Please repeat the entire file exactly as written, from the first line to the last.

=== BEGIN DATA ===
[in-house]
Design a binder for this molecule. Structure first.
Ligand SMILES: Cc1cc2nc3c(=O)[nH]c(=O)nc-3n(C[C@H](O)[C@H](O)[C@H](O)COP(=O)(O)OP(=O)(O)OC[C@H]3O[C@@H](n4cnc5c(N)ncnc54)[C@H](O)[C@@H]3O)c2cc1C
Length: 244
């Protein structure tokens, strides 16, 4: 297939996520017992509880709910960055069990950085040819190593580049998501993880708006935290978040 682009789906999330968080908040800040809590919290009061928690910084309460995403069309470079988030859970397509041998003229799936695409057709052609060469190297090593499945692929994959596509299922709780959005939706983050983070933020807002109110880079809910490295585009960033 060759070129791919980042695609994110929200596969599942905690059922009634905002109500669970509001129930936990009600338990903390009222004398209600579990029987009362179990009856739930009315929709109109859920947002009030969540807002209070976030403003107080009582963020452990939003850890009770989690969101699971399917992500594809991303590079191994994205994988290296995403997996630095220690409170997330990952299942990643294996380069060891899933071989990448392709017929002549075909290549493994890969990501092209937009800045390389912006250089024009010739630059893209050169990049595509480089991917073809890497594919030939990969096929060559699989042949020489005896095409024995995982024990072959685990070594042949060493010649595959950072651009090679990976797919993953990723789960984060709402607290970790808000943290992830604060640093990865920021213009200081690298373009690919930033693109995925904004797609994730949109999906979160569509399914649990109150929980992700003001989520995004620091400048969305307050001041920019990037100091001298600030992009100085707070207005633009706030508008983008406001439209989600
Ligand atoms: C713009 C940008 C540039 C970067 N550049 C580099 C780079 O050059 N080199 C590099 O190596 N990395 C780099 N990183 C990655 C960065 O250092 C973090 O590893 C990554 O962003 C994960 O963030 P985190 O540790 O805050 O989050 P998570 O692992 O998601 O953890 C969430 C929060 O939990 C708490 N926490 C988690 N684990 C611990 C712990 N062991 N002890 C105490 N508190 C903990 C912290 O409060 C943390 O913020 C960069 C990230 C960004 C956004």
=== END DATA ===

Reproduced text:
[in-house]
Design a binder for this molecule. Structure first.
Ligand SMILES: Cc1cc2nc3c(=O)[nH]c(=O)nc-3n(C[C@H](O)[C@H](O)[C@H](O)COP(=O)(O)OP(=O)(O)OC[C@H]3O[C@@H](n4cnc5c(N)ncnc54)[C@H](O)[C@@H]3O)c2cc1C
Length: 244
């Protein structure tokens, strides 16, 4: 297939996520017992509880709910960055069990950085040819190593580049998501993880708006935290978040 682009789906999330968080908040800040809590919290009061928690910084309460995403069309470079988030859970397509041998003229799936695409057709052609060469190297090593499945692929994959596509299922709780959005939706983050983070933020807002109110880079809910490295585009960033 060759070129791919980042695609994110929200596969599942905690059922009634905002109500669970509001129930936990009600338990903390009222004398209600579990029987009362179990009856739930009315929709109109859920947002009030969540807002209070976030403003107080009582963020452990939003850890009770989690969101699971399917992500594809991303590079191994994205994988290296995403997996630095220690409170997330990952299942990643294996380069060891899933071989990448392709017929002549075909290549493994890969990501092209937009800045390389912006250089024009010739630059893209050169990049595509480089991917073809890497594919030939990969096929060559699989042949020489005896095409024995995982024990072959685990070594042949060493010649595959950072651009090679990976797919993953990723789960984060709402607290970790808000943290992830604060640093990865920021213009200081690298373009690919930033693109995925904004797609994730949109999906979160569509399914649990109150929980992700003001989520995004620091400048969305307050001041920019990037100091001298600030992009100085707070207005633009706030508008983008406001439209989600
Ligand atoms: C713009 C940008 C540039 C970067 N550049 C580099 C780079 O050059 N080199 C590099 O190596 N990395 C780099 N990183 C990655 C960065 O250092 C973090 O590893 C990554 O962003 C994960 O963030 P985190 O540790 O805050 O989050 P998570 O692992 O998601 O953890 C969430 C929060 O939990 C708490 N926490 C988690 N684990 C611990 C712990 N062991 N002890 C105490 N508190 C903990 C912290 O409060 C943390 O913020 C960069 C990230 C960004 C956004």